In some corners there continues to be a debate over how to assess the influence of slavery upon white southerners. There are people who cite the percentage of slaveholders among all white southerners; those who argue that we should look instead to slaveholding families (only one person may own a house, but the entire family benefits from it, and many in the house hope to own houses of their own in the future). In either case, one sees that the lower South (also known as the Deep South) was far more invested in slavery (and slaves formed a higher percentage of their entire population) than the upper South.
Not all slaveholders supported secession, of course, although in many cases they explained their opposition to secession in terms of their concern about what a possible war might do to slavery. That’s a sign that concerns about slavery were critical in southern politics while reminding us that the relation between slavery and secession might be a little more complex than some would like to believe. We also know that the political leadership of the South was far more invested in slavery than the public at large, although that should come as no surprise. What might be interesting to explore is how many voters (adult white makes) were slaveholders (this recognizes that children and most women were not slaveholders, period). In short, what was the impact of slavery at the ballot box? To what extent were the politics of the South the politics of slavery, as several historians have suggested? After all, both Whigs and Democrats campaigned on the grounds that their party would do a better job of protecting slavery than their opponents. What motivated voters to vote as they did? What role did slavery play in their allegiances? What percentage of voters were slaveholders?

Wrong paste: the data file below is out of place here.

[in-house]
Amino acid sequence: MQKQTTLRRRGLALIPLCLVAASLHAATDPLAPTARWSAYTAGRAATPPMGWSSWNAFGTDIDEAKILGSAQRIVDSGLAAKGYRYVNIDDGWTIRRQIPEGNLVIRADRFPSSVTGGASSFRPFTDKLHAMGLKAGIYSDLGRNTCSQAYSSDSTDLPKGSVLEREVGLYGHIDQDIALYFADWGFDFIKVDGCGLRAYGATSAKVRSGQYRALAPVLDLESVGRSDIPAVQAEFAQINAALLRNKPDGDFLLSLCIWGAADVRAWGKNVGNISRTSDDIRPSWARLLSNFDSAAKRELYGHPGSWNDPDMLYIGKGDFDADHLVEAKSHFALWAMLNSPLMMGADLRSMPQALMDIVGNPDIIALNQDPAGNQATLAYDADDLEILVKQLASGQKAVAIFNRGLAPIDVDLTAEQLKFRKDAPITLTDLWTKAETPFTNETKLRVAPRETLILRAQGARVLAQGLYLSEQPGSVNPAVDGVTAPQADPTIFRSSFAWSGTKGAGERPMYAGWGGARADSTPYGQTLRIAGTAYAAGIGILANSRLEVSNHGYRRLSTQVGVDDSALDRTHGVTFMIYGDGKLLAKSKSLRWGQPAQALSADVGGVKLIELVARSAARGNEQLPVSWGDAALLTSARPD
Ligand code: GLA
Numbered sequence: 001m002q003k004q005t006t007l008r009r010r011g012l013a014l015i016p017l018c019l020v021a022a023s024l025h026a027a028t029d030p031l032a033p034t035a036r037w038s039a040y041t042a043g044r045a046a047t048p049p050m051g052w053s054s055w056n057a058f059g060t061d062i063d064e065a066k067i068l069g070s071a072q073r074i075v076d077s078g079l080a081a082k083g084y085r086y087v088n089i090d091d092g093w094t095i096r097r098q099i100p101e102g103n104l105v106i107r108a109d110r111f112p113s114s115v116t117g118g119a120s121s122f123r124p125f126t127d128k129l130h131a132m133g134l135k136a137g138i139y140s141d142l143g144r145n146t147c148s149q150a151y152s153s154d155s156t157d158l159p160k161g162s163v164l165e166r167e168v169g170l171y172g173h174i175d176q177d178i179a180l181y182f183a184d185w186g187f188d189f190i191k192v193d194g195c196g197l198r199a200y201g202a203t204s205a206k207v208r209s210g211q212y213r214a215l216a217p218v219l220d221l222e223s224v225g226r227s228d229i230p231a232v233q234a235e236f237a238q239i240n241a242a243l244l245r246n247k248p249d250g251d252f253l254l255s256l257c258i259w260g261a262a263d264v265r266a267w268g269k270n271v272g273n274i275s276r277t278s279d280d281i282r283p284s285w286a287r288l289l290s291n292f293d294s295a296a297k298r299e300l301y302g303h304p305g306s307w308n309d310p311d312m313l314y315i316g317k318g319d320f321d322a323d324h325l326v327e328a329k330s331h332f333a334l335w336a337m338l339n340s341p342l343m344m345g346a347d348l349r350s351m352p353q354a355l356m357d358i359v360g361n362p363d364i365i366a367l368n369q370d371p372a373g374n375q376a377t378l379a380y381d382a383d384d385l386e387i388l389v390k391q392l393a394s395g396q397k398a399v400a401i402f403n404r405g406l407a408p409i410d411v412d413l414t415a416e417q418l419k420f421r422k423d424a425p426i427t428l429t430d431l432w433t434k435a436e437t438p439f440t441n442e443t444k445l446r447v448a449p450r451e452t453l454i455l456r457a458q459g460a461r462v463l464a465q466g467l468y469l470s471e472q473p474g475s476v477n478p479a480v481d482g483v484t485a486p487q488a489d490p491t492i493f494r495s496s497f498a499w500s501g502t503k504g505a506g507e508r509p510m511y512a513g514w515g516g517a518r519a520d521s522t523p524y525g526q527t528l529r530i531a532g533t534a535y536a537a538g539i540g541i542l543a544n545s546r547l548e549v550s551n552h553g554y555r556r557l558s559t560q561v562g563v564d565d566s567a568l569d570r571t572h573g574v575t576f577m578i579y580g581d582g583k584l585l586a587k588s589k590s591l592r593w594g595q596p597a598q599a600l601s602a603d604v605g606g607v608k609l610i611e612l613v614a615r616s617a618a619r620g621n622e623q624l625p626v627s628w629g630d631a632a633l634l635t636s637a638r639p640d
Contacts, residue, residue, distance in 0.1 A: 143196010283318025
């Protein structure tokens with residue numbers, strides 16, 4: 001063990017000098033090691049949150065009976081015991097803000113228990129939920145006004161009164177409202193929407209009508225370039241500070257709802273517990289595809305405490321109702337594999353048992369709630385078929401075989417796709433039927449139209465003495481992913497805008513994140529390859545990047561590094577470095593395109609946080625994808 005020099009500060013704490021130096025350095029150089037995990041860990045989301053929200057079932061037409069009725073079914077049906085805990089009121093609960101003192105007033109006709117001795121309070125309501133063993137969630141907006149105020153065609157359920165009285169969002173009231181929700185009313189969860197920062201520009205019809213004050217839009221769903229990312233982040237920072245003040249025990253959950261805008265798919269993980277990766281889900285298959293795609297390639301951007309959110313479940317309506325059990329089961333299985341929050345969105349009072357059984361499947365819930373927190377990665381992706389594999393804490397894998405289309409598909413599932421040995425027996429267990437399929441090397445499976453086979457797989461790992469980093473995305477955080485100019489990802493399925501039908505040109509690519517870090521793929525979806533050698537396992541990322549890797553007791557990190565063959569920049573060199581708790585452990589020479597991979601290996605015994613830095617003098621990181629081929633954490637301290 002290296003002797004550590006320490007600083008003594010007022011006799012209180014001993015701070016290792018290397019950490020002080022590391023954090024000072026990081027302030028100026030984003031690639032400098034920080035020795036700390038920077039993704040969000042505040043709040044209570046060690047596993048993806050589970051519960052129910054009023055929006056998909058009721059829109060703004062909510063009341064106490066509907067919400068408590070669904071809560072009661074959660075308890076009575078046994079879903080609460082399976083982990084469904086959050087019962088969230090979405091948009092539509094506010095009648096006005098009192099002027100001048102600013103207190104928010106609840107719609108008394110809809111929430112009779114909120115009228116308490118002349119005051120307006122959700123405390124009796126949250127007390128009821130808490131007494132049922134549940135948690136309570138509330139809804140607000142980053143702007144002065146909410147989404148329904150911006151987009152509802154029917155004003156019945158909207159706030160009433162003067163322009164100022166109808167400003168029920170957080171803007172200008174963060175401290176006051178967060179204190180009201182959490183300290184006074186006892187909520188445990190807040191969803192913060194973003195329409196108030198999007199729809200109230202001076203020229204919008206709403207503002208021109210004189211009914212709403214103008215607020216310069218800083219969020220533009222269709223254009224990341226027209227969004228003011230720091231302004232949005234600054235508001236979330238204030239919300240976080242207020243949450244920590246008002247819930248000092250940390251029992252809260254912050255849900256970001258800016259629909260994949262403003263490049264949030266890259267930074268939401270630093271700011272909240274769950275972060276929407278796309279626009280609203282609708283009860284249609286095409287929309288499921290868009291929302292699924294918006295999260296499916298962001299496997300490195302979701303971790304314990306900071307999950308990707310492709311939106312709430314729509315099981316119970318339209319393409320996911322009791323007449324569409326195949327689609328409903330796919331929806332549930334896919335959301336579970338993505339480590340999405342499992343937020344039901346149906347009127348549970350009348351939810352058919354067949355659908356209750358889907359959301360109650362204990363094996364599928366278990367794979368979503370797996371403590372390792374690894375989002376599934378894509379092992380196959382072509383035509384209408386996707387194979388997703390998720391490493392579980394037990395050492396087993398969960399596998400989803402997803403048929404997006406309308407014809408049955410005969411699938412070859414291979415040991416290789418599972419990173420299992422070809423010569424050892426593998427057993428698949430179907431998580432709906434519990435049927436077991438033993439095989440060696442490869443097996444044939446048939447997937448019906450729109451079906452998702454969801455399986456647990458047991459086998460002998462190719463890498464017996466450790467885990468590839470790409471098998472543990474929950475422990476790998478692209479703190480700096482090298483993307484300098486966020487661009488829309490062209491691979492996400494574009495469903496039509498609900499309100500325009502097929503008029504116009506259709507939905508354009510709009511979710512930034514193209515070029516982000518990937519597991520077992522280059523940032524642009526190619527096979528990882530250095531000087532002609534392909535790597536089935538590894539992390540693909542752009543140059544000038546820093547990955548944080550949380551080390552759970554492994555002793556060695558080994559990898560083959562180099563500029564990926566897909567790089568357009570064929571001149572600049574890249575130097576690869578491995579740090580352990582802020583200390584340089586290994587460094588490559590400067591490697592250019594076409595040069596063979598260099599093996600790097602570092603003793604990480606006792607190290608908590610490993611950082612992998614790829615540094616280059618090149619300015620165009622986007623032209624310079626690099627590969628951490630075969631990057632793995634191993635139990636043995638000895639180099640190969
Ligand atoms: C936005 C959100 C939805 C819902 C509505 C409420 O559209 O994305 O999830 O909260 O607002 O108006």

(Note: we talk a great deal about political allegiance and the Union rank and file as well as the officer corps … wonder why we don’t explore the political allegiances of Confederate soldiers and officers with the same intensity.)
Of course, these questions offer at best a point of departure. One could ask many more. For example, someone might not own a single slave, yet their economic activity or political prospects may have been closely aligned with the fortunes of the peculiar institution. Moreover, how many white southern voters opposed slavery and hoped for its eradication? How many would meet the criteria used to define an abolitionist? Precious few, I’d wager. But it would be interesting to learn more about how many southern voters were vested in slavery as management and how views on slavery, secession,and union were recast (if at all) by the onset of war.